-By Kym Sunday, a Cox Farms Farmhand
The rascally rabbits at Cox Farms kept us on our toes this year! They loved digging through everything and, despite our efforts to keep them safe inside their home in Bunnington, DC, some of them have managed to dig themselves out of their little city and out onto the farm! Not the ideal place for them as domestic rabbits cannot survive in the wild, but rest assured we are doing our best to track them down and return them to safety!
Visitors to the Fall Festival’s “Bunnington, DC”
Getting comfortable, bunny-style
Checking out the front lawn with the rabbits of Bunnington, DC
Showing off the rabbit whiskers at Cox Farms
Contrary to popular belief, rabbits are not rodents. They are lagomorphs, as are hares but a rabbit is not a hare. Hares are much larger, have longer ears, longer legs and their babies are ready to fend for themselves an hour after birth. Rabbits have good eyesight and can see almost 360 degrees around itself, except directly in front of it’s head.
A male rabbit is called a buck, a female is called a doe, and a baby is called a kitten or kit. Kits are born hairless and are blind for about two weeks after birth. They rely on their moms to take care of them for about 8 weeks, when they are weaned. Does only feed their kits about 5 minutes a day. With a gestation period of about 30 days, a doe can have up to 8 litters per year with an average of 6 kits per litter. The record for the largest litter is 24! Rabbits are often called bunnies, or as I like to call them, buns.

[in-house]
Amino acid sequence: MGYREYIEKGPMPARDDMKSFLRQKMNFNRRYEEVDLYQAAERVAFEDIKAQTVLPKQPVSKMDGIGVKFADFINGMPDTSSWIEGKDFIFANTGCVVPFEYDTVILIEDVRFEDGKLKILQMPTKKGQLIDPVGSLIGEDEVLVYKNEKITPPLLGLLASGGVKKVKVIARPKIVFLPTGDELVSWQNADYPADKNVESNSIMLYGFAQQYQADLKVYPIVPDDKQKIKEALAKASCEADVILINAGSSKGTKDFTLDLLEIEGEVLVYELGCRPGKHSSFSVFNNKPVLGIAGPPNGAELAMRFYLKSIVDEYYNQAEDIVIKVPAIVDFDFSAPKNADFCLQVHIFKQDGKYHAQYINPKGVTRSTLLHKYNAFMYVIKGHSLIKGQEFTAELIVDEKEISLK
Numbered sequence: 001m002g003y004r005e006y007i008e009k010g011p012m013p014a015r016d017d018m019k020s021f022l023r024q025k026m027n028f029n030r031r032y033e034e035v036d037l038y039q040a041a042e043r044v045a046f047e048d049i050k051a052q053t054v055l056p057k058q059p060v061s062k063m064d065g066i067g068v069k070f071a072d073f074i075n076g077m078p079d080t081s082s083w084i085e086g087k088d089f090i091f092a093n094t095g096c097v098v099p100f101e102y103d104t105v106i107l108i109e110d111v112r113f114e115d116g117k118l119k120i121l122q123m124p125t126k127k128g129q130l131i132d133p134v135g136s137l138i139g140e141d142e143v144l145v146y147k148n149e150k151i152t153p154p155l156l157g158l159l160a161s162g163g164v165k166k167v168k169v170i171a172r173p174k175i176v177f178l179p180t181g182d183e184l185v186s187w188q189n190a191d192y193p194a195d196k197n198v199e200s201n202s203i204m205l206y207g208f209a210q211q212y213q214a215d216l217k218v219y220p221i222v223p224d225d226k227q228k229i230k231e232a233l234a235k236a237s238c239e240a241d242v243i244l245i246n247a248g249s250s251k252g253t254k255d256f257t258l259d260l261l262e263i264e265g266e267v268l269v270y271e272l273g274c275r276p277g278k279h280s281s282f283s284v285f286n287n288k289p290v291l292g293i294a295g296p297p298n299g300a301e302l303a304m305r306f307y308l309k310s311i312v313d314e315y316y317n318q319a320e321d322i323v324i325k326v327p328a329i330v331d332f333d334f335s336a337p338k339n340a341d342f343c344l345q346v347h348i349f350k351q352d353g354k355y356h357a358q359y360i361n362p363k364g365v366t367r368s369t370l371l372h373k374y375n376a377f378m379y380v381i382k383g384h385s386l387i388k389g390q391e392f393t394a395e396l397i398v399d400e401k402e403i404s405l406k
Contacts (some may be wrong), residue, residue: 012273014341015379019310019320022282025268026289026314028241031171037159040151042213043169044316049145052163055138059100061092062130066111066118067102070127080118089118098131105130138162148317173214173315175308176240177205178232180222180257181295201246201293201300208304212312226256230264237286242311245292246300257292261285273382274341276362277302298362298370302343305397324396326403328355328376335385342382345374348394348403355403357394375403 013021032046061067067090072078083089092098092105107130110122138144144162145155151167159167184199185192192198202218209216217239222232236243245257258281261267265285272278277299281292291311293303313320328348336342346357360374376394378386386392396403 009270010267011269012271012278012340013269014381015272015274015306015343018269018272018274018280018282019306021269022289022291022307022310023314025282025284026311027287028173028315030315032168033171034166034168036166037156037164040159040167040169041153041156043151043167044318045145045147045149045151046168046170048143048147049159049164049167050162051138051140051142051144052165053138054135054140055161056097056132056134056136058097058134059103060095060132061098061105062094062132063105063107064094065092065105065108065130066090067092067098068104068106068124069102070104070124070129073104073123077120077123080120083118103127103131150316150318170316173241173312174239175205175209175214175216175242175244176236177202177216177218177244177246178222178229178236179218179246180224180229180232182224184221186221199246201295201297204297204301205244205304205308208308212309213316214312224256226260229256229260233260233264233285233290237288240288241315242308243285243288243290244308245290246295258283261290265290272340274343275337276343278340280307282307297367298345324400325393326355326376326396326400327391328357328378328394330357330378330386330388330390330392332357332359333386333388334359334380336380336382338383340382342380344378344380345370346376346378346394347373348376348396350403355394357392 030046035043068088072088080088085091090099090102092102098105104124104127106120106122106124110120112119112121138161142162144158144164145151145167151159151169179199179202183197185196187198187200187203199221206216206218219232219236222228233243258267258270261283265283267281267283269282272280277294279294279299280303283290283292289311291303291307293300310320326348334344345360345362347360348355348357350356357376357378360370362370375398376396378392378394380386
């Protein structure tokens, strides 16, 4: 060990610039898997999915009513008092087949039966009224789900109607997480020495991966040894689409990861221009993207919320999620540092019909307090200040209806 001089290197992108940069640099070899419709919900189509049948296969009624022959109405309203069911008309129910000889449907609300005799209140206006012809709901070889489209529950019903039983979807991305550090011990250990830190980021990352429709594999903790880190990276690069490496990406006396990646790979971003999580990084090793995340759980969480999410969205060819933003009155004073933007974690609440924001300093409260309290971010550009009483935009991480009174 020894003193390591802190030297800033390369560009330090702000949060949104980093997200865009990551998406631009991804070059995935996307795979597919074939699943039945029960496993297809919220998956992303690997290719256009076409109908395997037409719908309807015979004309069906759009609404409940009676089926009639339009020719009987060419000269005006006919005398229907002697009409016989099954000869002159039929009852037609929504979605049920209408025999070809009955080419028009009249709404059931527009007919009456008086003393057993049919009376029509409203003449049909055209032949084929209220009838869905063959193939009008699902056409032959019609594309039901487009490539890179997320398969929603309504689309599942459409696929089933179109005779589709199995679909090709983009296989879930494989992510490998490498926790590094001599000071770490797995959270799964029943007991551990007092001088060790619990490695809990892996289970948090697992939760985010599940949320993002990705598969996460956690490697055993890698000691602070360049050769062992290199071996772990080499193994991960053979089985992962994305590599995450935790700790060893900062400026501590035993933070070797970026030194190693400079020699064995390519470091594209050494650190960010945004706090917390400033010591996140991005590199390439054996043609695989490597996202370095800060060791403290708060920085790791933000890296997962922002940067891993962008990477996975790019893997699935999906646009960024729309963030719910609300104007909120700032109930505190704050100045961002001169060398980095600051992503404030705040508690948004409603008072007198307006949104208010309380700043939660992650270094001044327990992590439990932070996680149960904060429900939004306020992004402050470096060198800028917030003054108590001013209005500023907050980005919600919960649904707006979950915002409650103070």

A bun’s body language will tell you a lot about how they are feeling. The average heart rate of a rabbit ranges between 130-325 beats per minute. In comparison, a dog’s is 60 – 100 beats per minute. The faster the heart rate, the more worried a bun is. It’s nose seems to twitch a mile a minute, too! This is a bun’s way of gathering information about it’s surroundings, including about you. Fast twitching means that a bun is stressed, hot or just interested in something (like the food you are about to feed him!). Slow twitching means a bun is relaxed. If you find a bun lying on his side or belly with his back legs stretched out behind him, you can be assured that he is just chillin’. A bun’s ears will move independently in multiple directions to keep tabs on what’s going on around them. Thumping a leg generally means there is danger or that a bun is upset with you.
Most people think rabbits don’t make any noise, but did you know that rabbits can talk? Content rabbits sometimes purr softly, slowly grind their teeth, or make soft clicking noises. Buns who feel aggressive may grunt or growl. Loud tooth grinding may mean that they are scared, angry or in pain. If a rabbit screams it means that they are in extreme pain or terrified. Hopefully you will never hear a rabbit scream.
Rabbits love to chew! In fact, they NEED to chew. They have 28 teeth that never stop growing – their teeth can grow up to 5 inches per year! Chewing keeps them from outgrowing their tiny mouths. That is why it is important to give them an unlimited supply of fresh hay (timothy hay is the best!) and fun things to chew on like untreated wood blocks, paper towel rolls, rabbit toys and small boxes.